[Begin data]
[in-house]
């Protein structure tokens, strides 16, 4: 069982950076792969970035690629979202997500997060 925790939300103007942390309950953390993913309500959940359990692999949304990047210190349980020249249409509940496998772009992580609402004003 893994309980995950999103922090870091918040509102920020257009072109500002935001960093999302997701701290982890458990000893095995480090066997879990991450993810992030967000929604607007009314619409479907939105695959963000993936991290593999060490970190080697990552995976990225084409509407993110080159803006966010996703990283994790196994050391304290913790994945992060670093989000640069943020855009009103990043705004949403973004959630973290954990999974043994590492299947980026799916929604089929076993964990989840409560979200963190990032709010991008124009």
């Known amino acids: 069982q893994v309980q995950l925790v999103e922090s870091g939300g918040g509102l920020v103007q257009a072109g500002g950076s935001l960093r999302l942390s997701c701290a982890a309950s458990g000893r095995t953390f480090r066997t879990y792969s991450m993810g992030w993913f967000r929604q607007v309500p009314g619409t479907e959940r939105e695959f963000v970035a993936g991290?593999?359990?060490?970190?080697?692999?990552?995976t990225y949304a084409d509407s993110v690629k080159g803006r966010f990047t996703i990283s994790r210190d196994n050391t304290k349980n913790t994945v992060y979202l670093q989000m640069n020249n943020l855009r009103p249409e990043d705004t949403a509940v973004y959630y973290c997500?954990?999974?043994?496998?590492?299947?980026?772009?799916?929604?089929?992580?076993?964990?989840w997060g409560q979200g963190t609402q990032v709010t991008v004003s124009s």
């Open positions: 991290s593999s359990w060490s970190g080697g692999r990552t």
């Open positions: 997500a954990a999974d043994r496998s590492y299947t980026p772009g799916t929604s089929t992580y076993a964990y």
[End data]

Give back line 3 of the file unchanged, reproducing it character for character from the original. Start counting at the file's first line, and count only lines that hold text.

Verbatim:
């Known amino acids: 069982q893994v309980q995950l925790v999103e922090s870091g939300g918040g509102l920020v103007q257009a072109g500002g950076s935001l960093r999302l942390s997701c701290a982890a309950s458990g000893r095995t953390f480090r066997t879990y792969s991450m993810g992030w993913f967000r929604q607007v309500p009314g619409t479907e959940r939105e695959f963000v970035a993936g991290?593999?359990?060490?970190?080697?692999?990552?995976t990225y949304a084409d509407s993110v690629k080159g803006r966010f990047t996703i990283s994790r210190d196994n050391t304290k349980n913790t994945v992060y979202l670093q989000m640069n020249n943020l855009r009103p249409e990043d705004t949403a509940v973004y959630y973290c997500?954990?999974?043994?496998?590492?299947?980026?772009?799916?929604?089929?992580?076993?964990?989840w997060g409560q979200g963190t609402q990032v709010t991008v004003s124009s």